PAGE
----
Kris Norris

Preparing for Tour

So everything is set in motion, the promoters have all the contracts signed and ready to go, your agent has all the riders sent off and received by the venues; everything has been taken care of business wise. Now there's only one person left to get their part done before the tour begins, you. There are many small details to keep in mind before a large or even small scale tour, but as you maintain a focus on the three large aspects, the minor ones will fall into place.

First, the band comes before everything. It takes committed people to get together and rehearse your songs over and over, because the main killer of any tour is a loose band. When the music falls apart on stage, so do the musicians, and not just onstage. Many backstage arguments that can lead to a downfall usually start from just one member bringing up how someone "missed a change" or that the singer forgot a word, with which the drummer uses as his cue which in turn cues the guitarist to start his solo and onward and onward, until one simple little mistake one person makes has now become a huge problem for five people. The practice sessions can serve many purposes. Rehearsing your songs will give you an idea of how tight you are as a group, and then from those songs you can decide which ones to leave out or work on, because next comes the setlist. Once a thought out and planned set has been decided upon you can focus on those songs. And the set list can be so key to a great night or a terrible one. If you always have a predetermined length to play, you have to choose the first and last songs that will capture the crowd most, the two "hits". From here you know how much time to fill in the gaps you have. At the final rehearsals you can then discuss the extra details. If its a van tour, you can work out a driver rotation schedule for example. So with these final rehearsals you should have now : Chosen a final set, practiced it to the point of exhaustion, and figured out every little detail between you and your band mates.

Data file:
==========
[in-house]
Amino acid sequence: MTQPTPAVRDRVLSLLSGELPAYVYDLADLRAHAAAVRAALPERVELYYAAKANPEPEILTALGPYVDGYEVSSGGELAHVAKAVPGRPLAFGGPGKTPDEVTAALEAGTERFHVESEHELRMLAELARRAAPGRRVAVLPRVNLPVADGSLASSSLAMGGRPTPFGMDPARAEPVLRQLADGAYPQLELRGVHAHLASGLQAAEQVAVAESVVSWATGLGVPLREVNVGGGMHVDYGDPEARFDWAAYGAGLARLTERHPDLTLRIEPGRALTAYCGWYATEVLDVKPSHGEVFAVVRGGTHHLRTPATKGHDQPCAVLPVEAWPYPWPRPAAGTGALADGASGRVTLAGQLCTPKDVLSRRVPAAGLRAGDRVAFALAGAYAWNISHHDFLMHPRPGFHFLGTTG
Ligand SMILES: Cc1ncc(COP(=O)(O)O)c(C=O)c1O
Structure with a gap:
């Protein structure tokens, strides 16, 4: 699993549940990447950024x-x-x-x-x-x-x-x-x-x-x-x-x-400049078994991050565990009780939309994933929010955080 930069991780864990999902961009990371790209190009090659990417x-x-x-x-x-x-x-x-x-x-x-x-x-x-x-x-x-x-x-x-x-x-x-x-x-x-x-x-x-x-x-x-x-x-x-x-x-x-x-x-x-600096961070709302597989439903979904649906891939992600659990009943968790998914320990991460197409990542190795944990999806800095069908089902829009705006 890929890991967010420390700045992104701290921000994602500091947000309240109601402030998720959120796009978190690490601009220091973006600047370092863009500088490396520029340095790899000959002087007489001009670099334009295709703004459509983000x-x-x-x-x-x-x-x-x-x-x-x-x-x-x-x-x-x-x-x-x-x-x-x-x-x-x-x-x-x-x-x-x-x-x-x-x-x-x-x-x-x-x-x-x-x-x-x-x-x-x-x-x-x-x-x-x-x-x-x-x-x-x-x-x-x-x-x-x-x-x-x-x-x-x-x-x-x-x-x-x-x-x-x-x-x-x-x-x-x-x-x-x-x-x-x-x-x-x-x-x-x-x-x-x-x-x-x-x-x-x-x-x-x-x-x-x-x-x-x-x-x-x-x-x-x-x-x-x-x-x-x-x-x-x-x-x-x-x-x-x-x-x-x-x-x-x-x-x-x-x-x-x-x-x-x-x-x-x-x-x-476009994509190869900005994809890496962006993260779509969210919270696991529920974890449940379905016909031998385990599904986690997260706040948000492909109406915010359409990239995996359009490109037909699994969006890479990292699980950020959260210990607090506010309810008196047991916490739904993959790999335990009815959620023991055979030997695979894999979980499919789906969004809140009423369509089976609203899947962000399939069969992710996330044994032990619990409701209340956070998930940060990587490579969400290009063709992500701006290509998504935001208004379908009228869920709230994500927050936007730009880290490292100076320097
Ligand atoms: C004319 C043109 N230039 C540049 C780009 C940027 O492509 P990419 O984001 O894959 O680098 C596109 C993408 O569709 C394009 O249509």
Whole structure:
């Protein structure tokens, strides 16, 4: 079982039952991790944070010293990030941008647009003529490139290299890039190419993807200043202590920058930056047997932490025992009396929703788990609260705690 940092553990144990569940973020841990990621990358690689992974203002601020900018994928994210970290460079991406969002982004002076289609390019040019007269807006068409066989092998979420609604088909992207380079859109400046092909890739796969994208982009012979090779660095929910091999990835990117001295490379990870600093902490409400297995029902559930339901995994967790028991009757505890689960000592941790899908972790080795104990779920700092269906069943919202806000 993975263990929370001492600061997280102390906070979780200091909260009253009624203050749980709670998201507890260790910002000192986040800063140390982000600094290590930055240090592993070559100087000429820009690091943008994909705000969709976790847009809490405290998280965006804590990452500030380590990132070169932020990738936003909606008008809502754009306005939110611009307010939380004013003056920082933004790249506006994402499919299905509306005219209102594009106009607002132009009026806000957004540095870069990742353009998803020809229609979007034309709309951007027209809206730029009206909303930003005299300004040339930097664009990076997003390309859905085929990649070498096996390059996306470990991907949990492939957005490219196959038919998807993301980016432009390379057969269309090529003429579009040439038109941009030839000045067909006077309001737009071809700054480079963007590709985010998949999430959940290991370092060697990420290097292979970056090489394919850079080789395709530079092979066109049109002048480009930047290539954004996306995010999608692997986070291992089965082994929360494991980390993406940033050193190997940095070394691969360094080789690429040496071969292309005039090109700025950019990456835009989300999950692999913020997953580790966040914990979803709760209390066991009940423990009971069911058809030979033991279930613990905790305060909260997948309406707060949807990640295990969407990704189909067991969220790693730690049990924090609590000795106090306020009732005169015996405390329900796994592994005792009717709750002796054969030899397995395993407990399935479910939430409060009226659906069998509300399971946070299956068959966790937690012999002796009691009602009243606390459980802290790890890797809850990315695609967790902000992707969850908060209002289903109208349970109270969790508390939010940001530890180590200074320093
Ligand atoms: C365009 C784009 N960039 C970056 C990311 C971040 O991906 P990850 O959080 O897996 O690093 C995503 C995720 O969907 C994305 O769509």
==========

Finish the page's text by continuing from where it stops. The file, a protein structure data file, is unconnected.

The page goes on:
Another key factor is now taking the business role delegated to just you. This will be important if you are in charge of any of the aspects like web design, endorsements, last minute contracts, or label contacts. If you have any of these responsibilities in the band its key to remember that the people you will be dealing with on a last minute basis also have other clients they will be working with. Be persistent. It's always great to deal directly with the companies yourself, or if you have a manager, have them set up a meeting whether on phone or in person for you and the company/label. Maintaining personal relationships in the industry is a sure way to keep the other side happy with your work and it lets them know you aren't just there for the free stuff.

Your method of travel will dictate what you bring along for the tour, as well as the length of the tour. Some people tend to over think this and not just make a simple check list. There are some simple and obvious things you have to have. If you are traveling out of the country, a passport. It may seem ridiculous to look over something so obvious, but i personally know people who have had to have passports fed-ex'ed overnight so they can leave, and people that didn't know how long it takes to get a passport and have had to pay triple the amount to get a rush one done. So the best thing to do is make a check list with a little outside help. As corny as it may be, take a fodors travel guide and simply copy the check list. Everyone traveling internationally basically needs everything that a touring musician would need, they are almost one in the same, besides work visas, residency permits, and tax identification papers.

I am preparing to leave for Ozzfest this week, one of the biggest metal tours you can do worldwide. I have so far done the final rehearsals, we have decided the setlist. I have worked with the companies to ensure we have everything we need equipment wise and merchandise wise. My check list has been made and almost everything gotten. So now the emotional and mental part begins. Is there any fear or apprehension? And what about loved ones. You may not see your friends, girlfriend or spouse for months. Have you spent enough time with them and do you have a system of communication worked out with phone calls and visits. I must admit, I am a little worried of how we are going to be perceived on the tour, but with these worries can come joy. Realizing that you may do well and everyone may enjoy your band. I also am lucky, my wife gets to go with me. So i will give updates from the road, my fears, my joys, my worries and my good times. I hope some of your that read this at least learn something from it or well, I guess maybe just get a good laugh.

Kris Norris